As communism fades from memory, fewer and fewer of us are going to get the reference Iwan Morgan makes in his absorbing book. Morgan refers to his subject as “the other red peril.” Communism, at least the Soviet variety, is a good bet to stay settled in the ash heap of history. But federal budget deficits look like they are now blooming into a long and healthy future. The other red peril?
It was only a few years ago that historians’ minds boggled at the magnitude of the Reagan deficits. Topping out at $220 billion a year nominally, 6 percent of GDP—what a wild world it was back in the 1980s. Now in the late Great Recession, we have seen seven times that dollar level in nominal terms and nearly double as a percentage of GDP.
Who said anything about peril? After all, in the Keynesian mind-set, deficits are more than an unqualified—they are a necessary—good. There are no trade-offs in the strict Keynesian universe to budget deficits. Burden on the grandchildren? Not so, because they can be covered by fiat money. Inflationary? Itself a boon, in that given a progressive tax code, inflation lessens inequality. Irresponsible? No again—the Keynesian revolution was “a remarkable intellectual event,” as Robert E. Lucas said in the 1970s. And as we have heard from quite a few quarters in our time of troubles of late (see Paul Krugman), the problem with the 2009 stimulus was that it was not big enough.
The reason for a book on the recent history of deficits is that they were there. “Gross as a mountain,” as Shakespeare might say. Morgan has good grounds for starting his story with Jimmy Carter. There was a deficit of alarming size ($25 billion) in 1968, but it was nixed the next year when came a tax surcharge, the minimum tax, and the accompanying recession. Deficits came in the late Nixon and Ford years as well, but clearly these were therapy for the worst recession since the Great Depression of 1973–75. However, 1976 began three straight years of real GDP growth over 4.6 percent, and deficits have been endemic ever since. This seems to make no sense; hence the book. [End Page 438]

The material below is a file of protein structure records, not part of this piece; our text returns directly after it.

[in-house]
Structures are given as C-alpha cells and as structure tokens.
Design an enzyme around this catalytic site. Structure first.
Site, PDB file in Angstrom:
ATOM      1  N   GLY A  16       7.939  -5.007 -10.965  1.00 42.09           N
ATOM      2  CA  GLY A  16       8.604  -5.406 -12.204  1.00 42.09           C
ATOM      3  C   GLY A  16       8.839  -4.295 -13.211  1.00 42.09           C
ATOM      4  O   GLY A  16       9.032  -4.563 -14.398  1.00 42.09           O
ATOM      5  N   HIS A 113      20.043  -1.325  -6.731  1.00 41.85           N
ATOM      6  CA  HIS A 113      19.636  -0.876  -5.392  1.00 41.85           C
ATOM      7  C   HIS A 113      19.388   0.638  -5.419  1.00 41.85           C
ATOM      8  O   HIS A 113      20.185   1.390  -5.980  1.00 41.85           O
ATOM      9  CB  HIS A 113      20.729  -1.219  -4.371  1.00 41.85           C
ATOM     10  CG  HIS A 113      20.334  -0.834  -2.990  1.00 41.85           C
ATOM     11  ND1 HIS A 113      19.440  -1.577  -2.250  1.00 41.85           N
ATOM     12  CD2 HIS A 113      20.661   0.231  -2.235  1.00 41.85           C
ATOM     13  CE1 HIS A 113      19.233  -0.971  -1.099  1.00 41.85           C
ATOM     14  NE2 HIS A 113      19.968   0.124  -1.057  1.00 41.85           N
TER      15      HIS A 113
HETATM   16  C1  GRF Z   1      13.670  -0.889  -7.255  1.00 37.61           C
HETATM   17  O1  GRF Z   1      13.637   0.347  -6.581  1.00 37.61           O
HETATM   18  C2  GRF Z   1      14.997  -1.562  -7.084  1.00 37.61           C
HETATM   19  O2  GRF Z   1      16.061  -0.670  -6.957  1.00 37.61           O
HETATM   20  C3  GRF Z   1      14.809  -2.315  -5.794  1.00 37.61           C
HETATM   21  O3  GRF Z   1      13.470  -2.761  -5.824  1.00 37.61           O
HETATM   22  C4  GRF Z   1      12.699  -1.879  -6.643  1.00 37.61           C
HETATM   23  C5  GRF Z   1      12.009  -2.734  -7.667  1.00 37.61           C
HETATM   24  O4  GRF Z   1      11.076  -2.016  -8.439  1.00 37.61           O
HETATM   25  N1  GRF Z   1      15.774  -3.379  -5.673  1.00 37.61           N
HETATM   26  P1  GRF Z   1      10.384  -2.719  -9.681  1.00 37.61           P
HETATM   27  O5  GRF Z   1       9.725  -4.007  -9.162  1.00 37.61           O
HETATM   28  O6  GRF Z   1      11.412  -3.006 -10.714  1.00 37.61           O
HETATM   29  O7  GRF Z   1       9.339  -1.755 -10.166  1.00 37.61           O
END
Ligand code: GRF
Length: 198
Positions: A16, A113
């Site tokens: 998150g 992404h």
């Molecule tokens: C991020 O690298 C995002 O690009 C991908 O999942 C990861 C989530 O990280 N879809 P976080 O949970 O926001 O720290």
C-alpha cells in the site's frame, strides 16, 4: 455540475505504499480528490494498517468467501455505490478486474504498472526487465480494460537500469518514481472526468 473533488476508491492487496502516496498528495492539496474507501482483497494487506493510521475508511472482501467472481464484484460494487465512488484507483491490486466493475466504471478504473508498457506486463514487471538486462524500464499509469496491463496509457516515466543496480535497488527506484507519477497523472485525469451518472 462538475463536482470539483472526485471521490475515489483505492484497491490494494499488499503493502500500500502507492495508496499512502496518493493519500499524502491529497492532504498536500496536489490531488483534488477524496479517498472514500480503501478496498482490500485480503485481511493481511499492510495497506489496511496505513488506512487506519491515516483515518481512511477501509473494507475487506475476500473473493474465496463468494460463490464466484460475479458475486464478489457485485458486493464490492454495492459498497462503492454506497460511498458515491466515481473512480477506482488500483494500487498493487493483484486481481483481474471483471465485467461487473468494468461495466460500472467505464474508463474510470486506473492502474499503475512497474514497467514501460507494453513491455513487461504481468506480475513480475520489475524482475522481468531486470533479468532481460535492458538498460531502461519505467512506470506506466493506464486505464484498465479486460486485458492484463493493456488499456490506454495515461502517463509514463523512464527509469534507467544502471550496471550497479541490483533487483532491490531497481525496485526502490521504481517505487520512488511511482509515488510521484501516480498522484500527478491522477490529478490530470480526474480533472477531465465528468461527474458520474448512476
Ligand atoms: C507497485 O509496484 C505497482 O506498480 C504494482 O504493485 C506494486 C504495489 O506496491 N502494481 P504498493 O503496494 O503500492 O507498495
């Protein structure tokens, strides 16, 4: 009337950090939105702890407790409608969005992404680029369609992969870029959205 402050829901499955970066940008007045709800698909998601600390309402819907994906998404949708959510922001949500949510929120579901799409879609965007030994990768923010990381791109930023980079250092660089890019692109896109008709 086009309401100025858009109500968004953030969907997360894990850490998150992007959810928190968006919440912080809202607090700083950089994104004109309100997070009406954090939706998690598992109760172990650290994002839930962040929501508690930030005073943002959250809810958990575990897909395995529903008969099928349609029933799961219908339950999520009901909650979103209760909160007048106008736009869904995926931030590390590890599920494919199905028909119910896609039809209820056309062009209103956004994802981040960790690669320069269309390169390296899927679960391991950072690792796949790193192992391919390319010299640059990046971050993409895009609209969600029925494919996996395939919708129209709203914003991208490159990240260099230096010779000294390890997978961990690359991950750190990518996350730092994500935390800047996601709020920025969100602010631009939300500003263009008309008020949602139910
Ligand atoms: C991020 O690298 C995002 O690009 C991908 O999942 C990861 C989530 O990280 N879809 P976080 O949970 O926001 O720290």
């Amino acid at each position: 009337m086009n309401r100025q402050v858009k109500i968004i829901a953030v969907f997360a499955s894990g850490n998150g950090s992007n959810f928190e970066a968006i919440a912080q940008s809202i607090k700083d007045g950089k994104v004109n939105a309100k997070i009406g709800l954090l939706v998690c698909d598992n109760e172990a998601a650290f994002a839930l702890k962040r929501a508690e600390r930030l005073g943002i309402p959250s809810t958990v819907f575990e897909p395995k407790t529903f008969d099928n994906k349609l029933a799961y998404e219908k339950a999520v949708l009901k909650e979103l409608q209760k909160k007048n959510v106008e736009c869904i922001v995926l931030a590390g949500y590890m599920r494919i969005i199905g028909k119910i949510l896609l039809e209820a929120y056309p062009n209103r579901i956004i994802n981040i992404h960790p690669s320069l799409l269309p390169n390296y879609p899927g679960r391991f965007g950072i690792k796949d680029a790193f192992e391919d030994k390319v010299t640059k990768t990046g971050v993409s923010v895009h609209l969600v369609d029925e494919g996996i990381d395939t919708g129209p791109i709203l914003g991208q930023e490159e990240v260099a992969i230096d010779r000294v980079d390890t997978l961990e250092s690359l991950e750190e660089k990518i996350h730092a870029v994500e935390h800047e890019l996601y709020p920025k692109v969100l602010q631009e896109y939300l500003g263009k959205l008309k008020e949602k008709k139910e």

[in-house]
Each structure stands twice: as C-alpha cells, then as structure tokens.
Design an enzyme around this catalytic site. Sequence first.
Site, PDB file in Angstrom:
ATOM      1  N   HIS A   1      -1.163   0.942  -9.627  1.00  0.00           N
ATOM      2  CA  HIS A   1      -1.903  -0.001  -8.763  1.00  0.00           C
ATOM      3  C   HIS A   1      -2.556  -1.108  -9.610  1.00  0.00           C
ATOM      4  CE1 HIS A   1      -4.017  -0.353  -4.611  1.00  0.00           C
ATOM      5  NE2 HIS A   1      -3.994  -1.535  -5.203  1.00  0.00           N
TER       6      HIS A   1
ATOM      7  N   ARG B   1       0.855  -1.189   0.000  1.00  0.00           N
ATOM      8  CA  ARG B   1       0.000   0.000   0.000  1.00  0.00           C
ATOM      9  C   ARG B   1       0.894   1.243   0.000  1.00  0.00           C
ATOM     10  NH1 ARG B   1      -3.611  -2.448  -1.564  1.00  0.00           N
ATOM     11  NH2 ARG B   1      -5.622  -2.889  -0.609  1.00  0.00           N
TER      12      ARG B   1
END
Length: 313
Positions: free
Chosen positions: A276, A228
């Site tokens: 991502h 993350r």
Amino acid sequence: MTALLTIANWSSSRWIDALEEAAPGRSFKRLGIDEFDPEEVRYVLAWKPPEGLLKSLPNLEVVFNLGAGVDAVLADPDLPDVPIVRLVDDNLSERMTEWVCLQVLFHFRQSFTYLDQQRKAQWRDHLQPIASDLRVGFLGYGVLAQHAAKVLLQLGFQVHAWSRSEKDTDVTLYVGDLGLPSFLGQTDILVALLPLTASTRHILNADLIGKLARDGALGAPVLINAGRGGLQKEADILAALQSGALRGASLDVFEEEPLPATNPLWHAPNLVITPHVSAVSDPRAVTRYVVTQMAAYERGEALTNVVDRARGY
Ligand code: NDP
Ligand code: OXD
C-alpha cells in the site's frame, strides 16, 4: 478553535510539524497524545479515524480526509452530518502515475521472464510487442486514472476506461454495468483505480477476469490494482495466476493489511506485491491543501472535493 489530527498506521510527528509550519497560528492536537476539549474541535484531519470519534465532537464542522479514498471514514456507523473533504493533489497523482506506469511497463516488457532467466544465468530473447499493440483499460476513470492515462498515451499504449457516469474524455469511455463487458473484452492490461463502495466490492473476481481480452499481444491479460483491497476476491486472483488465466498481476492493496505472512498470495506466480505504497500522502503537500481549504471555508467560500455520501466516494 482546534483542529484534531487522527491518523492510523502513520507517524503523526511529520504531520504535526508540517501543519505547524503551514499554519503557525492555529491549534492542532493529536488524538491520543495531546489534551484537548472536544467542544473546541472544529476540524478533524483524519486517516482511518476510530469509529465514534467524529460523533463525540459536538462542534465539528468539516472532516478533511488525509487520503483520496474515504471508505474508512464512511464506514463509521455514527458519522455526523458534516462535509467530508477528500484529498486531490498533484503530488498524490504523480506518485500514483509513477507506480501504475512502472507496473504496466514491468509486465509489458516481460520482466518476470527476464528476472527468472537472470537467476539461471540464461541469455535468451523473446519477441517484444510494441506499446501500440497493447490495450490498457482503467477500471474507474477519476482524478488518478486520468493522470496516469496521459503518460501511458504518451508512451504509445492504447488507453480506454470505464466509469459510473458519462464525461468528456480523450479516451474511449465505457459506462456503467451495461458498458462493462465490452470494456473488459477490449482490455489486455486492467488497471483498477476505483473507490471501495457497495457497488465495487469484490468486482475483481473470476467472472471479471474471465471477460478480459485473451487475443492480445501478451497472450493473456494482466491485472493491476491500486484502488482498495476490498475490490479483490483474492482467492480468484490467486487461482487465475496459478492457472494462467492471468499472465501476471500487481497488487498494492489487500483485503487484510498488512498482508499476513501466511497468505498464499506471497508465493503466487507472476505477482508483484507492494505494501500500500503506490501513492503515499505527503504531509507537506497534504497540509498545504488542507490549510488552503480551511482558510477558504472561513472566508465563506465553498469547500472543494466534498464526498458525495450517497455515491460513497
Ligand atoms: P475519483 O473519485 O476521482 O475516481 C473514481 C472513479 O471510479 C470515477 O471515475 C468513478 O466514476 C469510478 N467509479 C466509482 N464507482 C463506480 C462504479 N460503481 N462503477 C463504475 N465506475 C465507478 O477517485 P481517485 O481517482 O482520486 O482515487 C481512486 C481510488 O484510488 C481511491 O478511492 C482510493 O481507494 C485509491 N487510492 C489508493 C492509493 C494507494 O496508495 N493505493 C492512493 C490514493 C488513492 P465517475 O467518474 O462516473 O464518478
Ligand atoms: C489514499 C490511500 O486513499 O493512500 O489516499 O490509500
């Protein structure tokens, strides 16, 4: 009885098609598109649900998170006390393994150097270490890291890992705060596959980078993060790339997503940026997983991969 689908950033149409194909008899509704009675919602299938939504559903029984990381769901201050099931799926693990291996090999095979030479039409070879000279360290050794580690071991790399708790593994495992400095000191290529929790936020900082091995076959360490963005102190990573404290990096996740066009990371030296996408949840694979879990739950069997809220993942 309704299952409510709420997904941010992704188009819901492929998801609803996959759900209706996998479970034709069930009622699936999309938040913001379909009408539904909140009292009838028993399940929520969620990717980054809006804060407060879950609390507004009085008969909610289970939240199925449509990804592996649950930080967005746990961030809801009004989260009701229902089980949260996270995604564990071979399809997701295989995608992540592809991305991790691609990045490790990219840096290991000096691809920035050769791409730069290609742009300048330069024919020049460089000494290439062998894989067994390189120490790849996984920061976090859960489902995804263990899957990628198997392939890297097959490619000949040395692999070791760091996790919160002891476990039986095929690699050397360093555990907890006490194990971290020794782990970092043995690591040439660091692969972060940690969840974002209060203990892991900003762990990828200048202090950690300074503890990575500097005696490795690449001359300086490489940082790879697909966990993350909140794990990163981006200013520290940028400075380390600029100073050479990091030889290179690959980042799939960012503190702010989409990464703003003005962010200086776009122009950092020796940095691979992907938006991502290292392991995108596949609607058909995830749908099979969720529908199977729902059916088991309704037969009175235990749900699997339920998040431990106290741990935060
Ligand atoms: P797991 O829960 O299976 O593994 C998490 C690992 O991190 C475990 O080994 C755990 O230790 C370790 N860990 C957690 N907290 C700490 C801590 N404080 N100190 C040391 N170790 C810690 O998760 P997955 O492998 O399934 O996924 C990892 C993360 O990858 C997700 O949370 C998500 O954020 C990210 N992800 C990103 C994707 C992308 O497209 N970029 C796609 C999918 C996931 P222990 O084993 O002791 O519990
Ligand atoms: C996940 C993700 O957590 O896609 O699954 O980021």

Also in 1976, there was indubitably no Vietnam War anymore. The Great Society, at that point, we can further agree, was at best the walking dead. Again, this is when our new era started. In Morgan’s words: “U.S. withdrawal from the Vietnam War did not lead to restoration of balanced budgets. Moreover, economic recovery from the sharp recession of 1974–75 only brought the deficit down in the late 1970s to a GDP level comparable with its occasional high points [emphasis added] in the postwar quarter century. The mushrooming of the gap between outlays and revenues in the early 1980s confirmed that a new fiscal era had dawned. The United States has been living ever since in what can be termed the age of deficits” (2).
When you climb a mountain, you pick a face to attack. In the case of this Everest, Morgan chooses presidents. This is a curious option, but a good one. It is curious not least because with great fanfare in 1974 Congress seized control of the budget process. This was when the system of two yearly fiscal resolutions was put in place, the Congressional Budget Office was founded, and Nixonian impoundment of funds by the president became nigh impossible. And yet, as Morgan is correct to point out, it is precisely since this flurry of congressional activity that the public has by and large seen the deficit (and its scarce twin, the surplus) as one of the prime “grades” to be given a president. Before, the public generally saw deficits as a creature of Congress and the president as a perennial scold against them.